Back pain is a common ailment that affects millions of people worldwide. Whether it's caused by poor posture, muscle imbalances, or other underlying conditions, finding relief is a top priority for sufferers.
Sitting at a desk all day isn’t great for our bodies, and specifically our backs. But for those who suffer back pain or stiffness, there are lots of activities which can alleviate or even help to get rid of stiffness and discomfort, improving back flexibility and strength.
It can be sensible to consult a healthcare professional before starting a new exercise program, and it’s vital if you have chronic back pain or underlying medical conditions. But there are many ways to help yourself, from stretching, to core strengthening to low impact aerobic exercises and making sure you don’t sit at your desk for too long.
A static posture increases stress on the back, shoulders, arms, and legs, so try to be active even when you’re working. Set reminders to take breaks and move around ideally every half hour, advice is to stand, stretch or walk for at least a minute or two every half hour.
You could try a rising desk or even a walking pad (treadmill) so that you can walk while working. Try an exercise ball, a fun way to engage your core and improve posture.
Do some simple exercises at your desk. Take the stairs for a good strength and cardio workout. And consider taking a more active route to work, try parking further away, getting off the bus early, or walking or cycling all the way.
Poor posture can be caused by many of our everyday habits, such as sitting at desks, carrying bags on one shoulder and using mobile devices. And poor posture can, of course, lead to back and neck pain.
Advice is to pay attention to when your back pain starts. If the back pain is worse at certain times of day or week, it may be caused by bad posture or poor desk setup. When sitting at a desk, use the office chair features for proper sitting posture, and alternate between sitting positions to relieve back strain.
Consider trying a balance ball which can help to align your posture, and avoid unbalanced positions like leg crossing or uneven leaning, hunching, or tilting the head. Try to set up your desk properly too, using foot and arm rests and monitor risers as needed.
Even people who don’t practice yoga are likely to have heard of Child’s Pose and the Car-Cow Stretch, which are both excellent for gently stretching out your back.
Always stretch after warming up and take poses gently to start with. The Cat-Cow Stretch helps improve spinal flexibility and relieves tension in the back. To do it, go onto all fours and alternate between slowly arching and rounding your back. Keep your hands shoulder-width apart and your knees directly below your hips. You will curve your lower back and bring your head up, tilting your pelvis up like a "cow. Then slowly bring your abdomen in, arch your spine and bring your head down like a "cat." Repeat the exercise several times.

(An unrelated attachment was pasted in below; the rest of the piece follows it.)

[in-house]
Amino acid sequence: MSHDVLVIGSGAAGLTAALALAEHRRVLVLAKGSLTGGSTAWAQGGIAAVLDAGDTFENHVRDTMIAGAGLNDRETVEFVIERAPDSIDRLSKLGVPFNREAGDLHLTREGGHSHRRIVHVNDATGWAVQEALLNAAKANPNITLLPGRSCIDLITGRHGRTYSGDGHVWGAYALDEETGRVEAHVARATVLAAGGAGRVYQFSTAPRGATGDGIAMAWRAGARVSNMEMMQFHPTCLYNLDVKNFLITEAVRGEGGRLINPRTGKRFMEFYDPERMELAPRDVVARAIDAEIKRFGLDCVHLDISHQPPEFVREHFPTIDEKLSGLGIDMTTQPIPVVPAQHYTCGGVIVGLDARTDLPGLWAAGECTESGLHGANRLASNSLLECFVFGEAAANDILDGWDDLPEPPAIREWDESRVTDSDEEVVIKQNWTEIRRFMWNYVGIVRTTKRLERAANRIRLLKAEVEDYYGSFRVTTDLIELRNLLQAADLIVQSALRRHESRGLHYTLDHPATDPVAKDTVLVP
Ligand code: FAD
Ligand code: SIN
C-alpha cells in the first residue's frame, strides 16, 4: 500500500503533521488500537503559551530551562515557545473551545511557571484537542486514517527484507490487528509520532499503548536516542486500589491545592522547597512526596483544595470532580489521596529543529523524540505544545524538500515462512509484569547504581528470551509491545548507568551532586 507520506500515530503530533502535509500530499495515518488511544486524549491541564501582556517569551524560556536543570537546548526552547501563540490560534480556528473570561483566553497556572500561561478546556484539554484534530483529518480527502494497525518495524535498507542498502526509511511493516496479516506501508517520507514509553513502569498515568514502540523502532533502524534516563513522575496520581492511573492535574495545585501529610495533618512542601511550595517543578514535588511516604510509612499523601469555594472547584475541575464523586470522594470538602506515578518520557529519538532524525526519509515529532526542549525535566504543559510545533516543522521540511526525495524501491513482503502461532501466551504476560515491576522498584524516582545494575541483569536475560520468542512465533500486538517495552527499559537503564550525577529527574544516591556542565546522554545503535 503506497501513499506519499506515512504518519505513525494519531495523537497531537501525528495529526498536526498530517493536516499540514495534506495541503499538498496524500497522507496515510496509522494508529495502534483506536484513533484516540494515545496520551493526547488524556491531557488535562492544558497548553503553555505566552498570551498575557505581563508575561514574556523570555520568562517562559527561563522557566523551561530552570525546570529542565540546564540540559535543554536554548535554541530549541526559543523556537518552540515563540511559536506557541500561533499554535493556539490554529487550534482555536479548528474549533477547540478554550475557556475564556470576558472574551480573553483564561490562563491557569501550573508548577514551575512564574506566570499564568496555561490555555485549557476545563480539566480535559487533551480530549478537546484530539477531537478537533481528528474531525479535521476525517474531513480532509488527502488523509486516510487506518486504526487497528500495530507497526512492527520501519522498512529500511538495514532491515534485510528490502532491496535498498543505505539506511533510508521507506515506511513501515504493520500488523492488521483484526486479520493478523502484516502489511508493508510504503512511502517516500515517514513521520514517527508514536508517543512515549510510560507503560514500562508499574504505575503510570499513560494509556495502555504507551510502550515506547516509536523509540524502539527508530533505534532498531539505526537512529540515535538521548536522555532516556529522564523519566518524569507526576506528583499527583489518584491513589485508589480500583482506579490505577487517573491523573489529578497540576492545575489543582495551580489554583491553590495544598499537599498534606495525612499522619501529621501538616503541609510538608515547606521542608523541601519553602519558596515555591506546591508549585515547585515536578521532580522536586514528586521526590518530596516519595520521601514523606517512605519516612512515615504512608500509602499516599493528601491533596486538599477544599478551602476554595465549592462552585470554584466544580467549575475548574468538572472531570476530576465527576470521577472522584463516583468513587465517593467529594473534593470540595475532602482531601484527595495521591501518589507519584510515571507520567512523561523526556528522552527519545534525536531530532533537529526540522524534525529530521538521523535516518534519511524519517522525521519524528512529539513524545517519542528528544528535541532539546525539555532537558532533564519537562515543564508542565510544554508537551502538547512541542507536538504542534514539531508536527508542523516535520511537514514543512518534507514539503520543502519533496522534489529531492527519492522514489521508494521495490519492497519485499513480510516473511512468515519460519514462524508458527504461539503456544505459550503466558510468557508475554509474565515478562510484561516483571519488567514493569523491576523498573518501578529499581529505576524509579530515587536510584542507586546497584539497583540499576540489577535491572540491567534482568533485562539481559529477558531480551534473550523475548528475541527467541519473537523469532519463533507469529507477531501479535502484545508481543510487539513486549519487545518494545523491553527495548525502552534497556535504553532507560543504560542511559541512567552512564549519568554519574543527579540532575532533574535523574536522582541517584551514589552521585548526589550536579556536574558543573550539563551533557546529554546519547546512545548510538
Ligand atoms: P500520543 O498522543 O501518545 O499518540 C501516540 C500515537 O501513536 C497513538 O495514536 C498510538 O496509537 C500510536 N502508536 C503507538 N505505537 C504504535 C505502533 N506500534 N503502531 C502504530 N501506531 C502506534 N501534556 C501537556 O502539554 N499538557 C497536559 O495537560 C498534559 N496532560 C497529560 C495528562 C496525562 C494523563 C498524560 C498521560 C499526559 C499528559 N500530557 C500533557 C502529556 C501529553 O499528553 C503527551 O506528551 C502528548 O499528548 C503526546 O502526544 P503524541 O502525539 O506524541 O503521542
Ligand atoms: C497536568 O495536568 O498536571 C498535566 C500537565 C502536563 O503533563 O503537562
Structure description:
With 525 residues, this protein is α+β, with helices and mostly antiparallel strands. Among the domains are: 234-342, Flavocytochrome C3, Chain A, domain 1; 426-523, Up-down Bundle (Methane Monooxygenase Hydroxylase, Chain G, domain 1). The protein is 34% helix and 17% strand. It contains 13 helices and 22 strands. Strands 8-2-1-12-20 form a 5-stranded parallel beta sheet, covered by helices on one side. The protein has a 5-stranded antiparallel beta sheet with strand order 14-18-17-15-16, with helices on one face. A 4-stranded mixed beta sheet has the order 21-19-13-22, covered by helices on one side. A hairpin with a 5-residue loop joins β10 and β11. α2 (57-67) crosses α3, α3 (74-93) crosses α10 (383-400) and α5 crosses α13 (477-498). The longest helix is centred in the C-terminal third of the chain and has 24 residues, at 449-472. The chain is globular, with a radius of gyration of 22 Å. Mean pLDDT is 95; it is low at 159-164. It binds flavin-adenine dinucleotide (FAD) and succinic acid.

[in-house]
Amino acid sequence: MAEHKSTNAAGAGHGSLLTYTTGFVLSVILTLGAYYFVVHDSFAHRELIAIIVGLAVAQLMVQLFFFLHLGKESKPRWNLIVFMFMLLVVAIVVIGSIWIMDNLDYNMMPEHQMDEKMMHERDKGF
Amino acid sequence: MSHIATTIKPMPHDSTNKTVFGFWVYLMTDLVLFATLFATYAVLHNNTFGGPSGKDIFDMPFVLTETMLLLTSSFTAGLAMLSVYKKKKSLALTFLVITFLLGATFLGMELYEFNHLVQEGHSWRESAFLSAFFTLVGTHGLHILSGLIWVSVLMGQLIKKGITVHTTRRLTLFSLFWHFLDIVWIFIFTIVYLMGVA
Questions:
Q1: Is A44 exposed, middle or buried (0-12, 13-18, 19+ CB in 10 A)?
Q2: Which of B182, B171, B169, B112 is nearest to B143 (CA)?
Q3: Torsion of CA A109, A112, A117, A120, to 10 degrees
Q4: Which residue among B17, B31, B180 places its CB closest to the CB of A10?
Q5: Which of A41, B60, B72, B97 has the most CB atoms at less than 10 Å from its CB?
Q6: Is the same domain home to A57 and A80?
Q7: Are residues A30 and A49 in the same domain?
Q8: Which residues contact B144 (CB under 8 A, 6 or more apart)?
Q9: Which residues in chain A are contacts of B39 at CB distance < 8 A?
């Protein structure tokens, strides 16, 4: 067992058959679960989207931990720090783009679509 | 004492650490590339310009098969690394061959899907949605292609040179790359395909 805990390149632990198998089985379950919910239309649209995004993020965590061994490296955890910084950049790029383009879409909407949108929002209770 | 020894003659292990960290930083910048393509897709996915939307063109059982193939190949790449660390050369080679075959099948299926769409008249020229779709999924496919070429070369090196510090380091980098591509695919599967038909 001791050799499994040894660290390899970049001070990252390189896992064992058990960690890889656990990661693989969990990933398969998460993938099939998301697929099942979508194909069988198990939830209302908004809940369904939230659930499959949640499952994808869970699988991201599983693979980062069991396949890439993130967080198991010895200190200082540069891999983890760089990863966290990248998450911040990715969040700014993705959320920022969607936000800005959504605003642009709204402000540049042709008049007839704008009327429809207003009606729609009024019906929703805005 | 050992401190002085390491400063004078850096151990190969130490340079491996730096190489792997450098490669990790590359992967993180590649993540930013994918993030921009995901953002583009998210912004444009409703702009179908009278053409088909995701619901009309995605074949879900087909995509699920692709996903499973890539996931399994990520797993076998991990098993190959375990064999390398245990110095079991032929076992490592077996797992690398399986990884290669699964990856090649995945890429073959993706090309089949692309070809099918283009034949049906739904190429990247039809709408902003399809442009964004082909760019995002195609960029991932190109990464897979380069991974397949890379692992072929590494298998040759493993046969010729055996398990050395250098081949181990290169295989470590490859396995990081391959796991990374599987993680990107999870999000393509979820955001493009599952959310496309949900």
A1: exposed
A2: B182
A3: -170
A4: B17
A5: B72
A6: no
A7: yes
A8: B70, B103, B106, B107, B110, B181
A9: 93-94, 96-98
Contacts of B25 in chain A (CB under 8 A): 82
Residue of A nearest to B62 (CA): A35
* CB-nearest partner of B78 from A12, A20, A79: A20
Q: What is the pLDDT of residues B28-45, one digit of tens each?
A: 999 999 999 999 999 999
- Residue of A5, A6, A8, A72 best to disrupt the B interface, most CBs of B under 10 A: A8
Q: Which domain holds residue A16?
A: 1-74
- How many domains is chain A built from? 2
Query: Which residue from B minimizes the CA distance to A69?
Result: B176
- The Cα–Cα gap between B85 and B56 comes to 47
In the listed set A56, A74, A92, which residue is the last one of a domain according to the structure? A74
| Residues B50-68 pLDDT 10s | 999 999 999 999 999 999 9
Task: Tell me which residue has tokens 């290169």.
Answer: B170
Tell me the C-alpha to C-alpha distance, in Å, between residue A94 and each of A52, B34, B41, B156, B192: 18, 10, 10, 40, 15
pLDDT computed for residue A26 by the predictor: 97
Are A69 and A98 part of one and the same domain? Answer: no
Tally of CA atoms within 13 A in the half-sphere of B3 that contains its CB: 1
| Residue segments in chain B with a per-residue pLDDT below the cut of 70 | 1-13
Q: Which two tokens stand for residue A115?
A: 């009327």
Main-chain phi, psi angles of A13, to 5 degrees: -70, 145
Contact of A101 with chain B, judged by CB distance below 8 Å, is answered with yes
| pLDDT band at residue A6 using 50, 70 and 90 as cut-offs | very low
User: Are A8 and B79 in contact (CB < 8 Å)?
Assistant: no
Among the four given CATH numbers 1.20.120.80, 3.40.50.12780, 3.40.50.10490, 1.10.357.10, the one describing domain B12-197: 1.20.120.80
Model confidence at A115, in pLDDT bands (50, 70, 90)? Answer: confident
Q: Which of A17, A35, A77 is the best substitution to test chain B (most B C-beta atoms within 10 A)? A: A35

Child's Pose is another gentle stretch which can reduce back pain. Sit back on your heels and reach out your arms, lowering your chest and arms to the ground. Hold for 30 seconds to 1 minute.
There are lots of stretches which can help with back flexibility and strength, try some more suggested by NHS Inform. Yoga and Pilates are both excellent disciplines for stretches to help with sore backs, if you’ve never done them before we recommend starting with a class to benefits from a professional’s oversight.
Because your core muscles support your back, developing a stronger core (and using it!) is a great way to prevent back pain.
Your core includes your abdominal, back, hip, buttocks and pelvic muscles and they help to maintain balance, avoid awkward movements, and prevent strains or sprains.
Core exercises to help protect your back include squats, the plank and the bridge. Find out more about good exercises for your core on Back Intelligence, but remember that if you’re experiencing back pain now, it’s probably best to see a back specialist who can advise on the most appropriate exercises for you specifically.
Using these muscles most effectively often means engaging your core, and while that’s a phrase many people will have heard, not everyone knows what it means. Essentially it means “turning on” the muscles you’re about to use, as though bracing for impact, so that it’s your core muscles which take the strain of a movement or weight, rather than other muscles such as the ones in your back. Learn more from VeryWellFit on How To Engage Your Core.
Regular cardio activity can help to alleviate neck or back pain too. This is because it helps to keep the spine functional and mobile; reduces the chances and severity of future flare ups; helps to maintain optimal weight, reducing pressure on the spine; and produces endorphins which are a natural pain killer!
Walking, swimming and water-aerobics are all great choices for most people, and step machines and cycling machines can be good as they reduce jolting on the body.
Learn how Active Teams boosts workplace health and performance using 'The Miracle Cure' of activity.